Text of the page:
Castro launches bid for House Foreign Affairs gavel

Castro launches bid for House Foreign Affairs gavel
© Greg Nash

Rep. Joaquin CastroJoaquin CastroDemocrats ask Biden to reverse employee policy on past marijuana use The Hill's Morning Report - Biden's next act: Massive infrastructure plan with tax hikes Blinken to appear before Foreign Affairs Committee MORE (D-Texas) on Tuesday announced his intent to run for chair of the House Foreign Affairs Committee, setting the stage for a competitive race for the gavel.

Castro, a relatively junior member of the committee in terms of seniority, threw his hat in the ring about a week after Rep. Gregory MeeksGregory Weldon MeeksIran talks set up delicate dance for Biden team House panel advances bill to repeal 2002 war authorization Bipartisan House bill would repeal decades-old war authorizations MORE (D-N.Y.), the third-ranking member of the committee, said he intends to run for the top post.

Rep. Brad ShermanBradley (Brad) James ShermanBiden funding decision inflames debate over textbooks for Palestinian refugees Iran talks set up delicate dance for Biden team Biden can build on Pope Francis's visit to Iraq MORE (D-Calif.), the second-ranking member on the committee, is believed to be campaigning for the gavel as well but has yet to make a public announcement. His office didn’t immediately return a request for comment on Tuesday.


The current chairman of the committee, Rep. Eliot EngelEliot Lance EngelProgressives target Manchin, Sinema with new PAC State Department sets up new bureau for cybersecurity and emerging technologies How Congress dismissed women's empowerment MORE (D-N.Y.), recently lost his primary to progressive challenger Jamaal Bowman.

Democrats are largely expected to keep control of the House in November, meaning whoever is chosen for the top Democratic post on the committee will likely be the next chairman.

Castro, who serves as vice-chair of the committee, announced his campaign on Medium, writing that his vision for foreign policy “promotes inclusive prosperity and democracy at home and a more holistic view of security abroad.”

He also called for a “new generation” to confront global challenges and emphasized progressive policies.

The top Democratic posts on House committees are often decided by seniority on the panel, with campaigning conducted among Democratic lawmakers who later cast votes.

Meeks, however, is seen as the front-runner, even though Sherman has seniority on the committee.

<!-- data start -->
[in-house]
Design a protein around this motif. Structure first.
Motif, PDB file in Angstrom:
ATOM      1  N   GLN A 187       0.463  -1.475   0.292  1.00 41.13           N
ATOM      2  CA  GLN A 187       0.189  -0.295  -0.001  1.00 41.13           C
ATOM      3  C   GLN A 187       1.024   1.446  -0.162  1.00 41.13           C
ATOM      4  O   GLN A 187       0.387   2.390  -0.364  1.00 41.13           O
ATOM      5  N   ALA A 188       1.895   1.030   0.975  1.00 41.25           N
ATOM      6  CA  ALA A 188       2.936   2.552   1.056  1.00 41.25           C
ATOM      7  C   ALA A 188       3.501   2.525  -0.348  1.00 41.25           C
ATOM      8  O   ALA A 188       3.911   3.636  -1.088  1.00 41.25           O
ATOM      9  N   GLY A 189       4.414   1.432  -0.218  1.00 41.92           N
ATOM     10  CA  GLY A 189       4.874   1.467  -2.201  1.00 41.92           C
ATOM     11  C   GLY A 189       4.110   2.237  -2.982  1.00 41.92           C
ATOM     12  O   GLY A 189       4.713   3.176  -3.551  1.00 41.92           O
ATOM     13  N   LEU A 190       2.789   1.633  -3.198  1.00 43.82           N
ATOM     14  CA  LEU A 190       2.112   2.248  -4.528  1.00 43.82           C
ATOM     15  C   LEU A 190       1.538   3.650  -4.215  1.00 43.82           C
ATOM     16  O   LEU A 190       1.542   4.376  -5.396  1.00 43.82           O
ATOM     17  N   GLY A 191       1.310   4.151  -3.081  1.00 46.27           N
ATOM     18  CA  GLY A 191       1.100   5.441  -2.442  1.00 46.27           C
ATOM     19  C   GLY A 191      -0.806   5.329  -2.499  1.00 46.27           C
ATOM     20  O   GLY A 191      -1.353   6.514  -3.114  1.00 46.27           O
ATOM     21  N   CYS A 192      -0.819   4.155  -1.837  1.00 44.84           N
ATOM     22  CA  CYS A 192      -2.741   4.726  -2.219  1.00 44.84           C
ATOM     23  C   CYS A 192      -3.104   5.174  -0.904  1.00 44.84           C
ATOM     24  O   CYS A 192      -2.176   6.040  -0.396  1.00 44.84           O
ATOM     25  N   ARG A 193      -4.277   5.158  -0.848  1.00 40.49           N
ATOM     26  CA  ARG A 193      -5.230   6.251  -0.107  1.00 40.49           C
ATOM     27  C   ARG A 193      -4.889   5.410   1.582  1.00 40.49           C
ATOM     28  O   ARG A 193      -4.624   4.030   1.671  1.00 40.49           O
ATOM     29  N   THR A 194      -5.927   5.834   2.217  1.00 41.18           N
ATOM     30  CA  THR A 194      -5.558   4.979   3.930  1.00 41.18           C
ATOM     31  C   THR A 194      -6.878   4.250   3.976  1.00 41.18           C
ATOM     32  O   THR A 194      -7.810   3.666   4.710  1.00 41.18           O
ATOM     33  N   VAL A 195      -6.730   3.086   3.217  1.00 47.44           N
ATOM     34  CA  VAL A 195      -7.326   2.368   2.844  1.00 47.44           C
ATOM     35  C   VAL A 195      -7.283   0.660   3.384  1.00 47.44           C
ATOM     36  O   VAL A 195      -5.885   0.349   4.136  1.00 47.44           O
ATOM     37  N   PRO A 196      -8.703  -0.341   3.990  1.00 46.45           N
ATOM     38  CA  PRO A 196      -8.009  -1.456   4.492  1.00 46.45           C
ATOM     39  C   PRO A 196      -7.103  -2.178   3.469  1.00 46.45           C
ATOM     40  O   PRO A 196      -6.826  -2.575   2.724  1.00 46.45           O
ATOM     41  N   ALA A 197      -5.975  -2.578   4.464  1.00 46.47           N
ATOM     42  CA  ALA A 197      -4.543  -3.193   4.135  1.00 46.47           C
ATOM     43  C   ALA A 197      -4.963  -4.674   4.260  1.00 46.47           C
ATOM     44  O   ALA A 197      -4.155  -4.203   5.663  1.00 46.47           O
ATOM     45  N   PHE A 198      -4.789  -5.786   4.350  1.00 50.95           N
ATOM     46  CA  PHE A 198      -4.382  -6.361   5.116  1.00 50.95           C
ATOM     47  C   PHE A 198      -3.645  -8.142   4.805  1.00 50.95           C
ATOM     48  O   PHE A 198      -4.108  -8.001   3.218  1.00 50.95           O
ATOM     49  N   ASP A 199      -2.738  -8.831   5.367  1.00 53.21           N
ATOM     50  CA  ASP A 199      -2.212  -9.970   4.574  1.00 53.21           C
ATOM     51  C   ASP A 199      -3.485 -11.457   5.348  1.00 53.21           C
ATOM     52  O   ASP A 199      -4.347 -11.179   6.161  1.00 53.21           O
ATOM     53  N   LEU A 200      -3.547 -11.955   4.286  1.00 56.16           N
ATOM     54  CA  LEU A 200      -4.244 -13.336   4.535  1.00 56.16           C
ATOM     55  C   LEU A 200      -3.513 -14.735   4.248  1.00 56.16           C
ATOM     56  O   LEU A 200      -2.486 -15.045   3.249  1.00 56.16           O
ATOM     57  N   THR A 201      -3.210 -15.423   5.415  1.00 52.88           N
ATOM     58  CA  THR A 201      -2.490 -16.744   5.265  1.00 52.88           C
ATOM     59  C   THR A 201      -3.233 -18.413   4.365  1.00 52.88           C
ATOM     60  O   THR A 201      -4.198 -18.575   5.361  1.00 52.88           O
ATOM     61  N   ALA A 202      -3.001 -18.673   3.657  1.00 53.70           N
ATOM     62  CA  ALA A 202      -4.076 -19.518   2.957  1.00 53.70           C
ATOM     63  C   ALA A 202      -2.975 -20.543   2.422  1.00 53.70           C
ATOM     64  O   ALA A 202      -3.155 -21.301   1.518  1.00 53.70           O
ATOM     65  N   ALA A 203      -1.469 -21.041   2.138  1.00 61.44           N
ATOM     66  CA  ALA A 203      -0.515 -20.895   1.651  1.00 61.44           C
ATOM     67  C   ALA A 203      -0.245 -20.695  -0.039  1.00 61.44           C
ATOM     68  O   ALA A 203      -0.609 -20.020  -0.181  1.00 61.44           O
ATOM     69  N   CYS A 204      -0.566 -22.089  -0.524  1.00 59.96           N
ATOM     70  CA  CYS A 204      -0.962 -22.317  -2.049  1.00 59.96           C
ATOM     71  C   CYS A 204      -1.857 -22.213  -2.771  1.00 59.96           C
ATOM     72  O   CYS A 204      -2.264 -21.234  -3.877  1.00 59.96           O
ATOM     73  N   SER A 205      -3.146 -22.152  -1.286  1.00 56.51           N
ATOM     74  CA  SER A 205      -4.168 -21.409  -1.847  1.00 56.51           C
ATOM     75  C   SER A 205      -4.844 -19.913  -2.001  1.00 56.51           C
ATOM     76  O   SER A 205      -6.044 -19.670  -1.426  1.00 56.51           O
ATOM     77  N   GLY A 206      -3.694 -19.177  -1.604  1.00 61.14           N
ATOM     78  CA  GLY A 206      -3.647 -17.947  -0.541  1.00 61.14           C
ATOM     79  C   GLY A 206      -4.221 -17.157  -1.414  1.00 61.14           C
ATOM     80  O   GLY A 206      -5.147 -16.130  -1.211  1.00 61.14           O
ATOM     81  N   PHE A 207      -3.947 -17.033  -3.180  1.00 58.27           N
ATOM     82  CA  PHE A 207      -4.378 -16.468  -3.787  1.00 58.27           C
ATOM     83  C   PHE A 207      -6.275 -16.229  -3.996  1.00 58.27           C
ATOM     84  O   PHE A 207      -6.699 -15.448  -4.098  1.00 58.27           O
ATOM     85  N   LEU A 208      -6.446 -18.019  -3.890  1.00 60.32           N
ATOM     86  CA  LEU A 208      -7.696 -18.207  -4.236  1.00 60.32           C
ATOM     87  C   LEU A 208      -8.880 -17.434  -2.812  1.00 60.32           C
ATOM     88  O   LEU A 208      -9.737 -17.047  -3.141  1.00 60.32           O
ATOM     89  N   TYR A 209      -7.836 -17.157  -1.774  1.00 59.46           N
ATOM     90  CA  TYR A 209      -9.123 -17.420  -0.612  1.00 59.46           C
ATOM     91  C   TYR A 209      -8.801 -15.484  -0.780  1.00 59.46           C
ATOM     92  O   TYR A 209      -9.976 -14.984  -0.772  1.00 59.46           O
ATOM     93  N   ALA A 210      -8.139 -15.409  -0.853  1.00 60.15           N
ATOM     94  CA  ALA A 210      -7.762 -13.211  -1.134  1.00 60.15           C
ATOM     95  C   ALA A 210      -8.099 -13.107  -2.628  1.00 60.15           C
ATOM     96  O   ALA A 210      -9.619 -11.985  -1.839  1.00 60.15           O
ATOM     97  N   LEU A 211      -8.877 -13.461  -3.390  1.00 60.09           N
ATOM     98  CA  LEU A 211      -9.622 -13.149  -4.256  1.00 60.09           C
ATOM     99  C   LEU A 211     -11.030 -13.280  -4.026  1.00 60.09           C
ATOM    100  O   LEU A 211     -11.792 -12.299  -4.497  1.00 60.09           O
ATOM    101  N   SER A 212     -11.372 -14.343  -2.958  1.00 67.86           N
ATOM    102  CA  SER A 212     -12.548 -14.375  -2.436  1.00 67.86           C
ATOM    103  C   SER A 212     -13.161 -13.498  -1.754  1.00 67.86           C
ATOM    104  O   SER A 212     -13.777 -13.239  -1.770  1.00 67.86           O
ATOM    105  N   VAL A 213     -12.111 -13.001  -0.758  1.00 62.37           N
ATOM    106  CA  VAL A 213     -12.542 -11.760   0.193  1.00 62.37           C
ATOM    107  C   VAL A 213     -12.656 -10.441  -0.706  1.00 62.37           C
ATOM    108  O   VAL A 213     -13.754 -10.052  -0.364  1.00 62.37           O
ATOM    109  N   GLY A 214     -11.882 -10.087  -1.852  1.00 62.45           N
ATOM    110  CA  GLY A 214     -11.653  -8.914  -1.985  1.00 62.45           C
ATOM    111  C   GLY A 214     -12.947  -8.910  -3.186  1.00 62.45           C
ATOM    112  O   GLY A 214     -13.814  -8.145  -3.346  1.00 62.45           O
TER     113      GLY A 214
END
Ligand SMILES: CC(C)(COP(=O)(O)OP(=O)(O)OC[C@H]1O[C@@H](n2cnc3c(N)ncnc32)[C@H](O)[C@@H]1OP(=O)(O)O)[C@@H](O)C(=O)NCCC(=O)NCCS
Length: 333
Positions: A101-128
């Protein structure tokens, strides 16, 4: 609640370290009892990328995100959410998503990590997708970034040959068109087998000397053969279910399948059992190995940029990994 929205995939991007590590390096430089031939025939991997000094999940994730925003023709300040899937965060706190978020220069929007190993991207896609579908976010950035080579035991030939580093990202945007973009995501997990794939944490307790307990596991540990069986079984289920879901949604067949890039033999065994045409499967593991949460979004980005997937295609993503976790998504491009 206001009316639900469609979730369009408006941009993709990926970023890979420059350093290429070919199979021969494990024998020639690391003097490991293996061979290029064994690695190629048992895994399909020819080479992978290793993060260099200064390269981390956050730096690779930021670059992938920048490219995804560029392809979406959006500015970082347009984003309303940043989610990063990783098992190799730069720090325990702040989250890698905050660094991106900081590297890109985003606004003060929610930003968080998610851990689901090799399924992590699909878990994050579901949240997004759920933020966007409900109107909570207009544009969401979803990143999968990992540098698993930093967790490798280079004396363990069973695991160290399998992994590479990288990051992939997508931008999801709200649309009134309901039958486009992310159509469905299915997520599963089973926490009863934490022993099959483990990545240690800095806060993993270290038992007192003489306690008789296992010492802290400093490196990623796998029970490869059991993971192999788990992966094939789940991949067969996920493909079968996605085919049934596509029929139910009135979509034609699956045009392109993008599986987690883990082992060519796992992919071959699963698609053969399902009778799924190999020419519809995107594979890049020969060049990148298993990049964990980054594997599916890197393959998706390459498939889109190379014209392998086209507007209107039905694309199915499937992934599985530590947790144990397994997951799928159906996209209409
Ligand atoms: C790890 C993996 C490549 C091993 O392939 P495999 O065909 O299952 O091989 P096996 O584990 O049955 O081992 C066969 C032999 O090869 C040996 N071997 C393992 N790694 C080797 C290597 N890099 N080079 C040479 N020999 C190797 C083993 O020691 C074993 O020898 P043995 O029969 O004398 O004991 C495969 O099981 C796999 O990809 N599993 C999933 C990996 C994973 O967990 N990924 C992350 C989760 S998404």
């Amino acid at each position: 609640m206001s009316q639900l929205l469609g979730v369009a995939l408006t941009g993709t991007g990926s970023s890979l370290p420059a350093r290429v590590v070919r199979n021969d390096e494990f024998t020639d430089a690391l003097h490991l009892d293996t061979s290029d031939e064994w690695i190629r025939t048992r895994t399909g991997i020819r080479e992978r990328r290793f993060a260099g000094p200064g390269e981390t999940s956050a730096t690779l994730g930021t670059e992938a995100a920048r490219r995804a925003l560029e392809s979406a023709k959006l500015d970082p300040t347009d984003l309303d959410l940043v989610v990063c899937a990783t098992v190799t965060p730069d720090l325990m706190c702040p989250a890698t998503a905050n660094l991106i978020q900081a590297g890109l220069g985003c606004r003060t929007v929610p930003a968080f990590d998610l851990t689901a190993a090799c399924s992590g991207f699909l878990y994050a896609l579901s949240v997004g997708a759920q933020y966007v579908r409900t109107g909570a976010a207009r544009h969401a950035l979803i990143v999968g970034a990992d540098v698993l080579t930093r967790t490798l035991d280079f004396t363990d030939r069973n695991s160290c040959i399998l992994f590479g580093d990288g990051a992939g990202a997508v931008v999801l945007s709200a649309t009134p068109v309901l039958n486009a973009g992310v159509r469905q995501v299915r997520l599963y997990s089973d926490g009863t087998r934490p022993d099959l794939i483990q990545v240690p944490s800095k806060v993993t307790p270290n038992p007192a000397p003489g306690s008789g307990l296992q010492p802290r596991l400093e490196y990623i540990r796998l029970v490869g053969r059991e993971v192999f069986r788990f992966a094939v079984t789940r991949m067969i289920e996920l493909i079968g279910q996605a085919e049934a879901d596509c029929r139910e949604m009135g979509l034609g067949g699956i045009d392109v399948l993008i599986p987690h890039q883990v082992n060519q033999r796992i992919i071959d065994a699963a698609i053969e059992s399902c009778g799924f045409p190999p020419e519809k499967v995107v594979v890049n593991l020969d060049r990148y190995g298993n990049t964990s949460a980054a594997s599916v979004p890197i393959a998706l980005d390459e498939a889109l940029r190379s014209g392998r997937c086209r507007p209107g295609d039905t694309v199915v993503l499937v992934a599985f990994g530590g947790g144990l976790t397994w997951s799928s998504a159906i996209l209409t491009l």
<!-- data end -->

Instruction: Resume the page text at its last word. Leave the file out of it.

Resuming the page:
Meeks has the support of the Congressional Black Caucus, with some of its members saying Congress needs to prioritize diversity in its leadership roles.

In his announcement last week, Meeks, who joined Congress in 1998, stressed his experience as a relationship builder.

“I have spent my career dedicated to forming relationships not just with our allies, but also with our competitors, including forging pathways forward with our adversaries," he said in a statement.

Meeks brandished his progressive bonafides, noting he voted against the Iraq war in 2002 and for the nuclear agreement with Iran in 2015, issues that progressive groups have highlighted as reflecting larger values of the Democratic Party.

Meeks is calling for moving “proactively forward” in foreign diplomacy.

Yet Castro, who was first elected to Congress in 2012, is painting himself as “a new generation” — at 45 years old, the Texas Democrat is 20 years younger than both Meeks and Sherman.

He also satisfies the need for more diversity in committee leadership positions. A second-generation Mexican American, Castro said he would use the gavel to “put our country’s identity as a nation of immigrants at the forefront of our foreign policy.”

Despite a relatively short amount of time in Congress, Castro said his posts on the Foreign Affairs, Armed Services and Intelligence committees have put him at the “the nexus of American national security and U.S. foreign policy.”

He also called for a “reckoning” in foreign policy that reflects the domestic grievances about inequality.

“In this moment of pandemic and protest, we are confronting hard truths about how unequal our nation remains. Our foreign policy is due for a similar reckoning,” he wrote on Tuesday. “The challenges of the 21st century are immense, but a new generation of Americans is ready to lead.”